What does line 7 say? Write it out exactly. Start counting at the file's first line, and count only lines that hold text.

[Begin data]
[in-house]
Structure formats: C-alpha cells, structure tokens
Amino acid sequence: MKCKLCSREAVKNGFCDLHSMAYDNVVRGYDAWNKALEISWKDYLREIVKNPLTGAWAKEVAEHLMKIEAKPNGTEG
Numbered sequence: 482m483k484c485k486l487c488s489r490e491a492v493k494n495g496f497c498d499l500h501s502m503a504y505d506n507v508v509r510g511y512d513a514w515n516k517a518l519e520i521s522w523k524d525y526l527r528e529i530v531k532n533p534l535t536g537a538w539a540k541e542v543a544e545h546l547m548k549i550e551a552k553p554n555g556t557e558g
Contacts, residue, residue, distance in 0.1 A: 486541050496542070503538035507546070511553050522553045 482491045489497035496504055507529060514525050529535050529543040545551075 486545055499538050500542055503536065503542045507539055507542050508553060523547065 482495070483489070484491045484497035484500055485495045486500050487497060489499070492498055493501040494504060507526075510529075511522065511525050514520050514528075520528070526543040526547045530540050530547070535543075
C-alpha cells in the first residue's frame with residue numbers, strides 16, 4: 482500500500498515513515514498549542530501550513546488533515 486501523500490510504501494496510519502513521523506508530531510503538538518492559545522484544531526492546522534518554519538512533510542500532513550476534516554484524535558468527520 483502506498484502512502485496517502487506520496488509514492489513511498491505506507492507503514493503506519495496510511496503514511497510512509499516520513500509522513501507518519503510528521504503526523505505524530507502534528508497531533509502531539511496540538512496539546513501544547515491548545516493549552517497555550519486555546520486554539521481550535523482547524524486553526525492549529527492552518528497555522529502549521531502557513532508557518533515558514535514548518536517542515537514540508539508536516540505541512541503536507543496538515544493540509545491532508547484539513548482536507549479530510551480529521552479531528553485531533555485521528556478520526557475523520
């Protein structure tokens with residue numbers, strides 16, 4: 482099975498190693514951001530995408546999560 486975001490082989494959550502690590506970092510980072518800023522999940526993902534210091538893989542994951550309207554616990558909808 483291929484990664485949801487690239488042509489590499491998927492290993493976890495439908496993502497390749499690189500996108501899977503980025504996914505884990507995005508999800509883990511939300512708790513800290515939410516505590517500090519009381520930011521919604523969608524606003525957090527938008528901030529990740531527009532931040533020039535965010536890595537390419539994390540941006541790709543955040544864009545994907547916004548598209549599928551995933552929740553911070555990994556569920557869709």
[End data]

């Protein structure tokens with residue numbers, strides 16, 4: 482099975498190693514951001530995408546999560 486975001490082989494959550502690590506970092510980072518800023522999940526993902534210091538893989542994951550309207554616990558909808 483291929484990664485949801487690239488042509489590499491998927492290993493976890495439908496993502497390749499690189500996108501899977503980025504996914505884990507995005508999800509883990511939300512708790513800290515939410516505590517500090519009381520930011521919604523969608524606003525957090527938008528901030529990740531527009532931040533020039535965010536890595537390419539994390540941006541790709543955040544864009545994907547916004548598209549599928551995933552929740553911070555990994556569920557869709």